Last week the US Department of Justice (DOJ) trumpeted a settlement with six firms over recruiting practices, which had been under investigation as anti-competitive. The firms involved are Apple, Google, Intel, Adobe, Intuit and Pixar. The claim was that they agreed not to “poach” employees from one another, allegedly to depress wages:
The department said that the agreements eliminated a significant form of competition to attract highly skilled employees, and overall diminished competition to the detriment of affected employees who were likely deprived of competitively important information and access to better job opportunities . . .
According to the complaint, the six companies entered into agreements that restrained competition between them for highly skilled employees. The agreements between Apple and Google, Apple and Adobe, Apple and Pixar and Google and Intel prevented the companies from directly soliciting each other’s employees. An agreement between Google and Intuit prevented Google from directly soliciting Intuit employees.
The named companies admitted no wrongdoing as part of the settlement, which would be in effect (if accepted by the court) for five years and prevent these companies from restricting recruitment in any fashion.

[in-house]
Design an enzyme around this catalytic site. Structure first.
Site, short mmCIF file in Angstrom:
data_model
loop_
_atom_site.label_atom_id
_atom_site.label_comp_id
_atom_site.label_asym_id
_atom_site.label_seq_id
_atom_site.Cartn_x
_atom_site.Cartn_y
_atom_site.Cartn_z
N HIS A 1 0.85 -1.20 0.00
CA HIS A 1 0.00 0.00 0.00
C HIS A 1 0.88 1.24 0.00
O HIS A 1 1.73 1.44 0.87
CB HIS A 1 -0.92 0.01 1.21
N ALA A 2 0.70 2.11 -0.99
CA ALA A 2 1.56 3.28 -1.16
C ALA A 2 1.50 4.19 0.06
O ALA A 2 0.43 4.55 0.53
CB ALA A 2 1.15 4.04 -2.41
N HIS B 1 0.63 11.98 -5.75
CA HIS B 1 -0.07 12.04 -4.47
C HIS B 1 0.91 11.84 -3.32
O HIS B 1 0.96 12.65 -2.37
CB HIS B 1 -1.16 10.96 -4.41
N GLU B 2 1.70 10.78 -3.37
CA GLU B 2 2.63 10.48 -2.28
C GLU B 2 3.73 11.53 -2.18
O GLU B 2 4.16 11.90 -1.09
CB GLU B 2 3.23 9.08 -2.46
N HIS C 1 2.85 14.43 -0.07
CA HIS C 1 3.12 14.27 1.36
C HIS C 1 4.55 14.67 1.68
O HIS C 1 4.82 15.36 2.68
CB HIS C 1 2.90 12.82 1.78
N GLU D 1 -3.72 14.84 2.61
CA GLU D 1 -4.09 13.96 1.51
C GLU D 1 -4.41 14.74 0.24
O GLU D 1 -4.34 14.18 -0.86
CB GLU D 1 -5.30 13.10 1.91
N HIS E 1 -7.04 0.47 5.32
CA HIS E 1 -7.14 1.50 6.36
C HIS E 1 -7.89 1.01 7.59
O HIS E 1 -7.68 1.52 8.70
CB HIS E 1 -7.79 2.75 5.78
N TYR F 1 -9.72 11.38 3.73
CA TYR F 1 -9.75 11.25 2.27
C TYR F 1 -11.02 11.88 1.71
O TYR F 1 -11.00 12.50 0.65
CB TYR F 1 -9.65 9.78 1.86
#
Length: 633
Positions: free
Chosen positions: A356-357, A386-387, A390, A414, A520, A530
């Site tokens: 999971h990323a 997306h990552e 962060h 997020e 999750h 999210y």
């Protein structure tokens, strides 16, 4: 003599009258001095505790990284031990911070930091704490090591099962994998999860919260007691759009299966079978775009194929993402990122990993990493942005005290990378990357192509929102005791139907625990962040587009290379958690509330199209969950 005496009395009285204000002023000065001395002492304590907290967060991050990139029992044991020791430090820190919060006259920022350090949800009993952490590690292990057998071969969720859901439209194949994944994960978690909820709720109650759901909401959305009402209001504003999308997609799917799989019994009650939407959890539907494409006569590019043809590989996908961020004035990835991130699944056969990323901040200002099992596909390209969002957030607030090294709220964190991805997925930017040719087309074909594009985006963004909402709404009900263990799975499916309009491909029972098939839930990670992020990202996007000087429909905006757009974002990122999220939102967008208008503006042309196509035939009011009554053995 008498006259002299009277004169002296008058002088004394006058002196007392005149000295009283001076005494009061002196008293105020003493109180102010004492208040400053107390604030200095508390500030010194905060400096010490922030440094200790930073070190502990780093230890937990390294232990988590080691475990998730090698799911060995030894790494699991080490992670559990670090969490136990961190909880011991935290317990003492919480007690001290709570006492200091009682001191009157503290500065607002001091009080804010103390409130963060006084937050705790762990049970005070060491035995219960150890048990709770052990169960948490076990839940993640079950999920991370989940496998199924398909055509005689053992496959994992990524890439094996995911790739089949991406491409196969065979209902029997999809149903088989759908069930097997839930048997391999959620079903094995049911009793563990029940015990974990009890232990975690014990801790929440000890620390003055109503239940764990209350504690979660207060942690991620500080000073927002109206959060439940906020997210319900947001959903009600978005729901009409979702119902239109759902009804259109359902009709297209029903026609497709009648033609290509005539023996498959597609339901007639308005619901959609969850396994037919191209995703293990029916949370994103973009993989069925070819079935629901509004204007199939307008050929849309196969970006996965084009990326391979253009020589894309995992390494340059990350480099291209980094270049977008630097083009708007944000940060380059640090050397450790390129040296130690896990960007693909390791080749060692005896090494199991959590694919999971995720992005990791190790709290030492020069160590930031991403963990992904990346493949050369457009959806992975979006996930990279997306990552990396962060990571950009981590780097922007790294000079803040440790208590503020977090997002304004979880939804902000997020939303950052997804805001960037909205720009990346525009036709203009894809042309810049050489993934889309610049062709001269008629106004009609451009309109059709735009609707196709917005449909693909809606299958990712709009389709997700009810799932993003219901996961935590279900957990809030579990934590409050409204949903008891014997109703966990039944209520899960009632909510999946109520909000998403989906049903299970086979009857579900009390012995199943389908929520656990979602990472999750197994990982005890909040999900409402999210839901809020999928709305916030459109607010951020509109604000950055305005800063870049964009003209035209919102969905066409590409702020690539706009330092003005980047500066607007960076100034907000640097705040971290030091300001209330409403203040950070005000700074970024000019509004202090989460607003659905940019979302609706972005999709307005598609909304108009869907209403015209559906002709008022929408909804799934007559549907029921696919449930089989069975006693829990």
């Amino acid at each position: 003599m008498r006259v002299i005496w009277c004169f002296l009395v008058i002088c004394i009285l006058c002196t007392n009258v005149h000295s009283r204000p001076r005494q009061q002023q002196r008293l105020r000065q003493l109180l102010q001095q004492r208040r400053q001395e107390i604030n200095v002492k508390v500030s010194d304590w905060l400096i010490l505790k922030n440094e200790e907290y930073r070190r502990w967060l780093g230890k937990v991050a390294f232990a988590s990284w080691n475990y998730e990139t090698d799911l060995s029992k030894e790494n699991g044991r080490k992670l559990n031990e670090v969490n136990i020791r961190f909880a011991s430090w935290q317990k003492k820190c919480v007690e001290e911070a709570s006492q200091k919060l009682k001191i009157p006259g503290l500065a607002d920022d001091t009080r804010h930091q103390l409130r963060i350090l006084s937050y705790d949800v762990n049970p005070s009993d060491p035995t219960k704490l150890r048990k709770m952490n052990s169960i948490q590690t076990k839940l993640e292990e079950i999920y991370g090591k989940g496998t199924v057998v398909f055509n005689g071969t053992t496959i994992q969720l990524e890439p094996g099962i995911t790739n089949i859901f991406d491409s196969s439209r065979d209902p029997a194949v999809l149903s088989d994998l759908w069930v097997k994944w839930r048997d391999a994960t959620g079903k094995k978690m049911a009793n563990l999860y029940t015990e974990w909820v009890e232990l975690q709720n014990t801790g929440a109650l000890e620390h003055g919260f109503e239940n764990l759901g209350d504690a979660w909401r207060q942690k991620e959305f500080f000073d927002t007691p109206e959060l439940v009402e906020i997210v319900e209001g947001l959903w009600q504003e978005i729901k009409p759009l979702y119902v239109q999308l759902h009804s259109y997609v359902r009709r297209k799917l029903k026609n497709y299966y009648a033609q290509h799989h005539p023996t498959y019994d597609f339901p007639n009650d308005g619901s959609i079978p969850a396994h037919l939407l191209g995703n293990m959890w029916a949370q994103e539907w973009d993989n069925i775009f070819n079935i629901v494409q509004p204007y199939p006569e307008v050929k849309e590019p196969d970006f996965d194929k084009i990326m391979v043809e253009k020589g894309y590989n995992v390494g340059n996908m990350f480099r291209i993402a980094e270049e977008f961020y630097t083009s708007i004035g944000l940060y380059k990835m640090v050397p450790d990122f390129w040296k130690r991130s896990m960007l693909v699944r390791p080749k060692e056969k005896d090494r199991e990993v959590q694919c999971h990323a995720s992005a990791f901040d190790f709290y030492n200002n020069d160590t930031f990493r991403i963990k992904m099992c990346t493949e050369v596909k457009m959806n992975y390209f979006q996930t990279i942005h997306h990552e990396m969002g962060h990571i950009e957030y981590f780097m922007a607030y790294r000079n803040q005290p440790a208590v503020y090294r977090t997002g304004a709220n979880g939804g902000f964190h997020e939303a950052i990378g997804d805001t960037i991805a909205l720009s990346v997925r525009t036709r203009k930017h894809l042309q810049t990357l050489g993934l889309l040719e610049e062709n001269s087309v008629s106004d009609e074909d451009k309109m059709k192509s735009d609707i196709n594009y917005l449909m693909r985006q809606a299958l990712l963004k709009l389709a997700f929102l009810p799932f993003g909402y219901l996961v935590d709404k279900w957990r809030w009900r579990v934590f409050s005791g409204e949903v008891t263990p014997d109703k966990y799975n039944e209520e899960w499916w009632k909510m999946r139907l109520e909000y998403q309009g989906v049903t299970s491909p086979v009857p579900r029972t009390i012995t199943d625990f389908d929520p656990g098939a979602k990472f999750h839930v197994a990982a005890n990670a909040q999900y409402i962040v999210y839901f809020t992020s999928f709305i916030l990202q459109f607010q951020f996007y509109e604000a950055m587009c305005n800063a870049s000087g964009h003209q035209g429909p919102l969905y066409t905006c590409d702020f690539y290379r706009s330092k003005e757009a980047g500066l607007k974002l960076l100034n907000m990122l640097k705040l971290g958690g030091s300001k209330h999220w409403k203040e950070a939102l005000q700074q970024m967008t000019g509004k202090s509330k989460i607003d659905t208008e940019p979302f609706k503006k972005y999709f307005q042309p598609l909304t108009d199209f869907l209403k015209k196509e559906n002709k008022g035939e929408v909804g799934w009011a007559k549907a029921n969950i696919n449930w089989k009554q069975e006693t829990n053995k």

On Friday Google responded on its Public Policy blog:
In order to maintain a good working relationship with these companies, in 2005 we decided not to “cold call” employees at a few of our partner companies. Our policy only impacted cold calling, and we continued to recruit from these companies through LinkedIn, job fairs, employee referrals, or when candidates approached Google directly. In fact, we hired hundreds of employees from the companies involved during this time period.
The Tech Policy Institute criticized the settlement because the DOJ didn’t investigate whether wages were actually impacted:
We don’t know whether this is a good or bad settlement, but neither does the Division, because it didn’t look at the economic consequences of the do-not-cold-call agreements or of the settlement on wages or on competition. Instead of looking at the evidence, which the Division would have done had it evaluated the case under a “rule of reason,” the Division viewed these agreements are per se violations of the antitrust laws.
The DOJ has again made the world safe for cold-calling; let it begin anew.